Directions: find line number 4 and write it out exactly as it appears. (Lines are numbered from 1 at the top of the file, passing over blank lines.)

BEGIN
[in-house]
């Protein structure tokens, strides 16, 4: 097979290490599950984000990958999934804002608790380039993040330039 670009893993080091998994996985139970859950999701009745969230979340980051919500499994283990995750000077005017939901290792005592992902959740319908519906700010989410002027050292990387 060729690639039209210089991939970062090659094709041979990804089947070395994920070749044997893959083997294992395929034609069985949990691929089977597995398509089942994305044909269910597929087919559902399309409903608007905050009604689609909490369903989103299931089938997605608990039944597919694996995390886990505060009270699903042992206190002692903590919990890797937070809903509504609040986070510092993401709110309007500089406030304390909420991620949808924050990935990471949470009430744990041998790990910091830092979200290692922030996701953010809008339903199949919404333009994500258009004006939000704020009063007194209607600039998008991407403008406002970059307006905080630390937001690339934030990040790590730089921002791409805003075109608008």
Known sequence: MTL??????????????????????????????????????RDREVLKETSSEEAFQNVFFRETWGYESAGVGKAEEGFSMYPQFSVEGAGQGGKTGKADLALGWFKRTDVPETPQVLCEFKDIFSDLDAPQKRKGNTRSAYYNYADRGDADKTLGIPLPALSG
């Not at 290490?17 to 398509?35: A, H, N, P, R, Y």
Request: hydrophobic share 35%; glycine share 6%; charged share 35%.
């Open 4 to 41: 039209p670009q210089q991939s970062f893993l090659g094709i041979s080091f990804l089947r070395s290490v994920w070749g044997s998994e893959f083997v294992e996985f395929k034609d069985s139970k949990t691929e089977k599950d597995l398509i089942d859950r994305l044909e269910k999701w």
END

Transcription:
């Not at 290490?17 to 398509?35: A, H, N, P, R, Y």